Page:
Court Clarifies Procedure for Medical Panel’s Review of New Claims

As we have explored in several prior posts on this blog, claims brought against healthcare providers under the Louisiana Medical Malpractice Act must be examined by medical review panel before proceeding to court. Just over a year ago, the First Circuit Court of Appeal issued guidance to plaintiffs on the procedure they must follow if they should uncover new claims of negligence after the medical panel has completed its review of the original claims and issued an opinion.

On September 14, 1998 Doris Abel underwent surgery at the North Oaks Medical Center (“NOMC”) in Hammond. She died a short time later from complications arising from the surgery. Her family (the “Plaintiffs”) submitted a malpractice complaint against NOMC to the medical review panel in September of 2003, which rendered a decision in favor of NOMC. Plaintiffs then filed suit against NOMC that led to a protracted period of pre-trial discovery. During that time, Plaintiffs discovered new claims of negligence against NOMC and petitioned the court to amend their complaint to include these claims. NOMC objected on the grounds that the medical review panel had not examined these new claims and requested a new trial. The trial court denied NOMC’s request and instead remanded the matter to the original medical review panel for the sole purpose of reviewing Plaintiffs’ new allegations. NOMC sought review by the First Circuit, urging that the there is no procedure in the Louisiana Medical Malpractice Act (the “Act”) for remanding a case back to a review panel once it has rendered its opinion and a suit has been filed.

The First Circuit began its analysis by noting that the Act’s language “must be strictly construed.” The court, in reiterating that the Act requires that “all malpractice claims against health care providers covered under the Act shall be reviewed by a medical review panel,” concluded that the “use of the term ‘shall’ in these statutory provisions indicates that these procedures are mandatory.” And, although the Act does not specifically address late-discovered claims, the court concluded that “the procedures the legislature mandates for filing a request for review by a medical review panel also encompass malpractice claims that are discovered after the panel has rendered an opinion and suit has been filed.” The court found additional support for this conclusion in the statutory language that describes the review panel’s duty to “express its expert opinion as to whether or not the evidence supports the conclusion that the defendant or defendants acted or failed to act within the appropriate standards of care.” The panel must be presented with all evidence in order to discharge this duty. Further, the court decreed that once a panel renders an opinion, its duty has been discharged. “Therefore, if additional malpractice claims are discovered… these new claims must be presented for review by a new medical review panel.” Accordingly, the court found that the trial court erred by remanding the matter back to the original medical review panel. It reversed the judgment and remanded the case back to the trial court so it could arrange for a new panel to review the Plaintiffs’ late-discovered claims before trial.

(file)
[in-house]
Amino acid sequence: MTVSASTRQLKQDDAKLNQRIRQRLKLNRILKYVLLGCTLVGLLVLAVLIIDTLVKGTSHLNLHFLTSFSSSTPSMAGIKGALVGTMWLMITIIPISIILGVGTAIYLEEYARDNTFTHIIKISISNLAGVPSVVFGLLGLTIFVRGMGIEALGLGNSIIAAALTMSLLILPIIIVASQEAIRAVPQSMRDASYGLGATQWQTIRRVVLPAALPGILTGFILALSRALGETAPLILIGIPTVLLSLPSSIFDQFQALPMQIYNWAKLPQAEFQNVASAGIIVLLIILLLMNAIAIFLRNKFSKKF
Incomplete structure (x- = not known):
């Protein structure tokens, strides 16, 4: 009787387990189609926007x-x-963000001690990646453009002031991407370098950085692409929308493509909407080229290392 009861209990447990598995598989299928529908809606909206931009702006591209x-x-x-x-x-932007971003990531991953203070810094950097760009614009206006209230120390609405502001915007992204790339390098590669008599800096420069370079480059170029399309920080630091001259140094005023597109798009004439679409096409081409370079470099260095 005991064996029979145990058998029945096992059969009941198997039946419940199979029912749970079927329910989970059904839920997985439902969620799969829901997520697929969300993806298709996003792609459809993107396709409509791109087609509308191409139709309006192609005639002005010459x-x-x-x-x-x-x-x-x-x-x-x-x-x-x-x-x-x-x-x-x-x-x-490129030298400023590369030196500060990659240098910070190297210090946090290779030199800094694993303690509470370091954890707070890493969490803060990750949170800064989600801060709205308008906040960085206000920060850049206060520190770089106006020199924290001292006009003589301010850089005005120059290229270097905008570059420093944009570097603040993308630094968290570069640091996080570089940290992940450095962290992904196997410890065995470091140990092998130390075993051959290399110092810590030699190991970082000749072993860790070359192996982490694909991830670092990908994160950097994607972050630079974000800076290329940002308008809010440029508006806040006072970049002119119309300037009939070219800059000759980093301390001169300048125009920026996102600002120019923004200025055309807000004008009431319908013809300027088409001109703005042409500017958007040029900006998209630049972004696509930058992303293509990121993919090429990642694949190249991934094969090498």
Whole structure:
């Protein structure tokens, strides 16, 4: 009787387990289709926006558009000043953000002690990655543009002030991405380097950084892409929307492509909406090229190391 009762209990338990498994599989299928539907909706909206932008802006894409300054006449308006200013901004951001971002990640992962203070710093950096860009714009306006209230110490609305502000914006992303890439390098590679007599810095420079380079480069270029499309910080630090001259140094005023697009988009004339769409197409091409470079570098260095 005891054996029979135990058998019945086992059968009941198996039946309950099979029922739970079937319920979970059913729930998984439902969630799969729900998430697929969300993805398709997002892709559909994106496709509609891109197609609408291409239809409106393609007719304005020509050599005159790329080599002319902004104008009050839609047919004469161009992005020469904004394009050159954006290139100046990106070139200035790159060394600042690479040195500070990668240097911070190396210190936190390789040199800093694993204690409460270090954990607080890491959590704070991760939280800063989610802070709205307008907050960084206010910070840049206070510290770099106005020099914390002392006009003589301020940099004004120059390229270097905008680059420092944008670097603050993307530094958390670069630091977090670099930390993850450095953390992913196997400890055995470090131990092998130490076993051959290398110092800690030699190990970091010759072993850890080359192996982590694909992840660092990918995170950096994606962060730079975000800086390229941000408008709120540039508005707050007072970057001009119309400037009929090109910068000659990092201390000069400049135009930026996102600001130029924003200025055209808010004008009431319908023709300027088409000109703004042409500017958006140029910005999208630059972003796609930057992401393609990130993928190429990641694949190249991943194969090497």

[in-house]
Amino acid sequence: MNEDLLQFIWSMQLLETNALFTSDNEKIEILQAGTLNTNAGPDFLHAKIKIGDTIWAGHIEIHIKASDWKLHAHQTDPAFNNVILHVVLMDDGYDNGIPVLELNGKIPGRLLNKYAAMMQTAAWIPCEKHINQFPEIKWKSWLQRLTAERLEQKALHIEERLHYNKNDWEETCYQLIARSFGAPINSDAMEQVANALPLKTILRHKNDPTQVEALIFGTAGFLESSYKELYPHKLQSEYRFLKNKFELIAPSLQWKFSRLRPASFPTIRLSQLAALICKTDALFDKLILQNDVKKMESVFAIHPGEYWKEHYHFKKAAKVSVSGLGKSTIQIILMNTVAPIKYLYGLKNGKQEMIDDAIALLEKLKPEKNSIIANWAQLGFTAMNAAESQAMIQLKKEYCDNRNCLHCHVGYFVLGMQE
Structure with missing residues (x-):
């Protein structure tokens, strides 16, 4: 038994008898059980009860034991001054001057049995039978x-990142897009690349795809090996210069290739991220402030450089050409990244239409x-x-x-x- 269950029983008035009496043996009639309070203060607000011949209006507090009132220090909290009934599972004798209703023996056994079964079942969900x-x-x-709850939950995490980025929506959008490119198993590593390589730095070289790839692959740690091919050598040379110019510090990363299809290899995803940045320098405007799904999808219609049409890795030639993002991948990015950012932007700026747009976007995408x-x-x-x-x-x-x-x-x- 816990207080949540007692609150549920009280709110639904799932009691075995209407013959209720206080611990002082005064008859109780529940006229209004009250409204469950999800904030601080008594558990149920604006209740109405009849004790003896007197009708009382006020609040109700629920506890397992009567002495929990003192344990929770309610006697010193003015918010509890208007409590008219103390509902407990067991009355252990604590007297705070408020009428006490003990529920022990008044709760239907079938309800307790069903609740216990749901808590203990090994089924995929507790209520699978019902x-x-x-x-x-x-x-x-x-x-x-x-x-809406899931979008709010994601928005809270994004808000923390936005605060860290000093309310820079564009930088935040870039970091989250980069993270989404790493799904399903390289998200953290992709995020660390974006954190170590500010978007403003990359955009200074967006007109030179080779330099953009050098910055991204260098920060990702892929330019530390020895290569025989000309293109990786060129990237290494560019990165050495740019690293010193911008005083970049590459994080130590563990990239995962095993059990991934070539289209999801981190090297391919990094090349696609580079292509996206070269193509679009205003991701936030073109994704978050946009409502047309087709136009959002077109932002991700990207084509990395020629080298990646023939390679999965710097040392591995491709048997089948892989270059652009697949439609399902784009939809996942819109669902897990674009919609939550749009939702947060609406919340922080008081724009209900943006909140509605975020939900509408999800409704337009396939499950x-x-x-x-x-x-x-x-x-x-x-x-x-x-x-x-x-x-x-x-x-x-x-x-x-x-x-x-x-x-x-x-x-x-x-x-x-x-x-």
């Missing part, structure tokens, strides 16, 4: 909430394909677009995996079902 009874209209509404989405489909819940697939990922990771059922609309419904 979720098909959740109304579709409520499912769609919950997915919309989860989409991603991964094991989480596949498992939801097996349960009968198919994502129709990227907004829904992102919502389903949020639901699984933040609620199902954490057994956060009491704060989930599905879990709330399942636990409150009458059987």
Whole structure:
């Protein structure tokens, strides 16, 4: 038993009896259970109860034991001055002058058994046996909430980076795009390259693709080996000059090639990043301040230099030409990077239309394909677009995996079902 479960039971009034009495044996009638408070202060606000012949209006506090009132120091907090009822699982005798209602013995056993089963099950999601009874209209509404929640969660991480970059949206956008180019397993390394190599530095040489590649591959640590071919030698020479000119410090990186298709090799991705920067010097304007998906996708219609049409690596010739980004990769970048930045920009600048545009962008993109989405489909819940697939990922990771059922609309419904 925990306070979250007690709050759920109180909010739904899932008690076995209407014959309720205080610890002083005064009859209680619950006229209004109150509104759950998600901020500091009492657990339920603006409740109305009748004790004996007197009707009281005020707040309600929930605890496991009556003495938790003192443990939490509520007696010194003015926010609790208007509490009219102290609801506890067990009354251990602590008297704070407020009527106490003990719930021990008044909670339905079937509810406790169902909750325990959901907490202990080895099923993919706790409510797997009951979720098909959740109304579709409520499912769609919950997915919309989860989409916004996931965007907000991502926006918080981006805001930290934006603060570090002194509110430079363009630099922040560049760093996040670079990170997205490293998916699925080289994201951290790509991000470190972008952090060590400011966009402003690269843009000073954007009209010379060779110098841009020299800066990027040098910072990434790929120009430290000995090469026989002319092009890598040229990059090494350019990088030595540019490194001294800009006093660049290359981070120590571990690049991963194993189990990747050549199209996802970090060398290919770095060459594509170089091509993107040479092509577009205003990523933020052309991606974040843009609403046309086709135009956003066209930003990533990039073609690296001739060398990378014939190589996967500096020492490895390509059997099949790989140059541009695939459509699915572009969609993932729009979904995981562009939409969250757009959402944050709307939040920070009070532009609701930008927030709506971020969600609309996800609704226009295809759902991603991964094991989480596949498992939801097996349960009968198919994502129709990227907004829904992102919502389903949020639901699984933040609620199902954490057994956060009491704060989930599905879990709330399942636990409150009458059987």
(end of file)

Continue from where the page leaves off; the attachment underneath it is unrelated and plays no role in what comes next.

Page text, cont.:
This case makes clear that under the Louisiana Medical Malpractice Act, no claim can get to a jury unless it has first been reviewed by the medical panel. This is critically important for an injured plaintiff to bear in mind given the Act’s requirement for filing a petition for a panel review within one year from the negligent act or the date of its discovery. A plaintiff cannot rely on the proceedings of one malpractice claim to save another related, but later-found, claim from prescription. I

f you have been injured due to the negligence of a healthcare provider, call the Berniard Law Firm at 1-866-574-8005 and speak with an attorney who can help you get the recovery you deserve.

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